Wednesday, November 22, 2017

Belated Secret Science Club Post-Lecture Recap: Champions of Ilusion

Sorry about the lecture recap delay, yesterday I had to attend my annual state-mandated training for the job, and then went out for a couple of beers. On Monday, I headed down to the beautiful Bell House, in the Gowanus section of Brooklyn, for this month's Secret Science Club lecture, featuring Dr Susana Martinez-Conde and Dr Stephen Macknik, both of Brooklyn's own SUNY Downstate Medical Center. The good doctors form a neurology power couple, the masterminds behind the Best Illusion of the Year Contest. Monday's lecture was a showcase for the gorgeous illusions that were sent into the contest, and dovetailed with the couple's new book, Champions of Illusion, which is a gorgeous mind-blower of a tome.

The good doctors handled the lecture in tag-team style, riffing off of each other and pausing to display videos and static images of the illusions submitted to their annual contest. The contest was formulated to provide information about the neuromechanics of perception, while remaining fun for the layperson- one does not need neurological training to appreciate illusions. The illusions submitted to the contest were rated on their intellectual, aesthetic, and 'spectacularity' appeal.

Dr Martinez-Conde began the lecture with a brief discussion of the infamous color-changing dress, accompanied by an image of the dress illuminated in light of two colors. As a personal aside, I figured out the controversy by comparing night Ginger with day Ginger.

The first illusion presented by the good doctors was Kokichi Sugihara's 'ambiguous cylinder' illusion:





The physical objects are ambiguous square/circle hybrids, and the use of a mirror activates this ambiguity as the objects are moved. Dr Martinez-Conde described this illusion as 'smoke and mirrors', or in this case, light and mirrors.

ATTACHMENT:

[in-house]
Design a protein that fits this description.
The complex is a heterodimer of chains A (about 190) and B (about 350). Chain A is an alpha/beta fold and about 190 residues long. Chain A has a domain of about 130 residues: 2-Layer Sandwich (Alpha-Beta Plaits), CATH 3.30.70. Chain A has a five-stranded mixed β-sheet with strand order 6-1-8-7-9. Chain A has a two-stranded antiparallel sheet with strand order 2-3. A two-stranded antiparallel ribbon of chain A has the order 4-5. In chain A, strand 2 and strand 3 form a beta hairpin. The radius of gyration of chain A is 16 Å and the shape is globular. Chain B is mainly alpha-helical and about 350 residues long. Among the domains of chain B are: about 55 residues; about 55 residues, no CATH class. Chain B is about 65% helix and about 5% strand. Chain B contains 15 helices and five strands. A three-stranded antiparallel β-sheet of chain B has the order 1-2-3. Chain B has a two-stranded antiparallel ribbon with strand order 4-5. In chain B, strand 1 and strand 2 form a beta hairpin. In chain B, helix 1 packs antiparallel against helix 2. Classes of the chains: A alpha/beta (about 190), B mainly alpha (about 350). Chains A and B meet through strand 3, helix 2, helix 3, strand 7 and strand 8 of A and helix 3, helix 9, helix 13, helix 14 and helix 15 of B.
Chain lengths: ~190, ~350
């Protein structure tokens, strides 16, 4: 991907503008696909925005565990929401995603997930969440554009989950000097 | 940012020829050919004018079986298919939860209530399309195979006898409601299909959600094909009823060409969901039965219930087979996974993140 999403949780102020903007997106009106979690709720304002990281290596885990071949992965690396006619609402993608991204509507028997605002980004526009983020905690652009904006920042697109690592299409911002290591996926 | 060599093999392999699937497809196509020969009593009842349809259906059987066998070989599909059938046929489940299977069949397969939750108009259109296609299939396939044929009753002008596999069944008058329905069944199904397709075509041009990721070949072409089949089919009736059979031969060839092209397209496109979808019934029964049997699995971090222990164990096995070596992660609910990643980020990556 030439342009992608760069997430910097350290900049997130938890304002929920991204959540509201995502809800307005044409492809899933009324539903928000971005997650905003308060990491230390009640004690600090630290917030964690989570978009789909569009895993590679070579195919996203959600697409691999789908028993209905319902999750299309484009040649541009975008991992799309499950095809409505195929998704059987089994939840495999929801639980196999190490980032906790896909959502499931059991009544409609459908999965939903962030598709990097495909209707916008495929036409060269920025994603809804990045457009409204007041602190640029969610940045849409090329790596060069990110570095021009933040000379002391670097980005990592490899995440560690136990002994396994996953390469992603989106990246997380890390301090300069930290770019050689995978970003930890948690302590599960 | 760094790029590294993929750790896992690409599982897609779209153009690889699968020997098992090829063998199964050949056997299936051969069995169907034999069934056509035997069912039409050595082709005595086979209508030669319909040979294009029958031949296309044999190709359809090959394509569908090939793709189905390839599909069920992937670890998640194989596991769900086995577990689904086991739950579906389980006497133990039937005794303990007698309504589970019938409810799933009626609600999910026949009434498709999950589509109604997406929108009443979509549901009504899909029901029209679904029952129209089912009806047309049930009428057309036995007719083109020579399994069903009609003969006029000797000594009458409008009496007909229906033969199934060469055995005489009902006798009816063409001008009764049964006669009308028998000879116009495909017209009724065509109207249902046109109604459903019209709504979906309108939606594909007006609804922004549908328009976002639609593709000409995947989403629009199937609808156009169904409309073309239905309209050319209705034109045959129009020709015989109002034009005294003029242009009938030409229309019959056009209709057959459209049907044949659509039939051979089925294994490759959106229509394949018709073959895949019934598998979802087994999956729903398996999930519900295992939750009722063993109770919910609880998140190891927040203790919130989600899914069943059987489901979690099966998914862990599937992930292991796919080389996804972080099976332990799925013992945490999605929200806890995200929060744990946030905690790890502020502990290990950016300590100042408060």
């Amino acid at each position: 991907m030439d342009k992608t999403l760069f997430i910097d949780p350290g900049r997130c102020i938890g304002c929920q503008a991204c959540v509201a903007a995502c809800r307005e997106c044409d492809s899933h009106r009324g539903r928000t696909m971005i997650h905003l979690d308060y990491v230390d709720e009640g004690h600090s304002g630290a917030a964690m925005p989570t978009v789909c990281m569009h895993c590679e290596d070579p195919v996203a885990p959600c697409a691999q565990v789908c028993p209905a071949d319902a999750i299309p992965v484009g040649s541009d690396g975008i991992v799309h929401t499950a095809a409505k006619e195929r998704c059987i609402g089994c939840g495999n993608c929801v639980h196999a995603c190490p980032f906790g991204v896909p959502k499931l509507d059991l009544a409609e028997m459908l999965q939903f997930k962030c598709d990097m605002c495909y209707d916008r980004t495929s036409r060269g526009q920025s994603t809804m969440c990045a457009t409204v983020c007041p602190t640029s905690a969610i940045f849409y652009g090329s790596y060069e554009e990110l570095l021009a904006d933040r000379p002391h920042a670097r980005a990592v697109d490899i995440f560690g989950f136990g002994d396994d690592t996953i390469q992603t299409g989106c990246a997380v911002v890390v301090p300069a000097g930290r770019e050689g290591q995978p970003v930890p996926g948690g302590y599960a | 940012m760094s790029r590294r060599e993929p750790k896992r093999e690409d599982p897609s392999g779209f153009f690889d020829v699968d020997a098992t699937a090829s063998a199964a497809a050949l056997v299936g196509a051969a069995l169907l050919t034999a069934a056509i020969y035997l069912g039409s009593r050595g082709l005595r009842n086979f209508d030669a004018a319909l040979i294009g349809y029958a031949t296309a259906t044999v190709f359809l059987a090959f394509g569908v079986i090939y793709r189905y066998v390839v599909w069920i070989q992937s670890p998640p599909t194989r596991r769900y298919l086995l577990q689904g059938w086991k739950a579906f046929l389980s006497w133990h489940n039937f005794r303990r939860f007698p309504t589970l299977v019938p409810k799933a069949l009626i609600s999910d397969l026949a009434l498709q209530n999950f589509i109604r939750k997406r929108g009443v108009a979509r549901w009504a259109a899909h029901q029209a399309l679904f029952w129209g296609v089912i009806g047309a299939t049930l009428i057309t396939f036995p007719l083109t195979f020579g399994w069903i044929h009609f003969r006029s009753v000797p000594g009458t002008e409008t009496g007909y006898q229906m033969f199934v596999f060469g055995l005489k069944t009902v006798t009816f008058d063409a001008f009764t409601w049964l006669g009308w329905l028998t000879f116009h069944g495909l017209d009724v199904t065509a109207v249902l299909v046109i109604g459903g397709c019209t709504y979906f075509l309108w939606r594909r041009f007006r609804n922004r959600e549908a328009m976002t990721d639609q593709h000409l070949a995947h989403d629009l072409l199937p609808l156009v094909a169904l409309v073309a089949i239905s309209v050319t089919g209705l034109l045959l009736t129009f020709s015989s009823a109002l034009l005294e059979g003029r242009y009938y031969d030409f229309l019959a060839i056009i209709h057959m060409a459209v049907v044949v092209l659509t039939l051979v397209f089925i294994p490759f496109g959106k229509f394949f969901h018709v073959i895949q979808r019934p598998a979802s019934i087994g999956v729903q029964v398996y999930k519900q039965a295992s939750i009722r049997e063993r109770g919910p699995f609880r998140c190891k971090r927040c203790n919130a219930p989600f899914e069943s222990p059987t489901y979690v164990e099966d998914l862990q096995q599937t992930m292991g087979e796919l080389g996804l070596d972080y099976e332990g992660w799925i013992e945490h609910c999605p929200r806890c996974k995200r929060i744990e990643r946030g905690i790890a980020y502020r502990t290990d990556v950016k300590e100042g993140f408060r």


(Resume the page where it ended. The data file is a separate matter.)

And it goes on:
The next illusion presented to the crowd was the dynamic Ebbinghaus illusion:





Our perception of illusions can help neurologists 'dissect' how we see objects. The next illusion presented by Drs Martinez-Conde and Macknik was Anthony Norcia's Coffer Illusion:




The audience was tasked with counting the circles in the image, which tend not to be immediately apparent.

The next illusion present to the audience was Victoria Skye's beautiful variation on the classic café wall illusion:





In this instance, the shading is a crucial element in the illusion.

The next illusion presented was the chesspiece illusion, in which identical images of chess pieces were made to look dissimilar using the darkness of the background against which they appeared:





The observer's brain determines whether a piece is white or black, in the real world, everything is ambiguous. Our brains normalize things, which has evolutionary significance, such as a parent's ability to recognize a child both inside and outside of the cave.

We were then shown the Leaning Tower Illusion, in which two parallel images of the Leaning Tower of Pisa were perceived as diverging: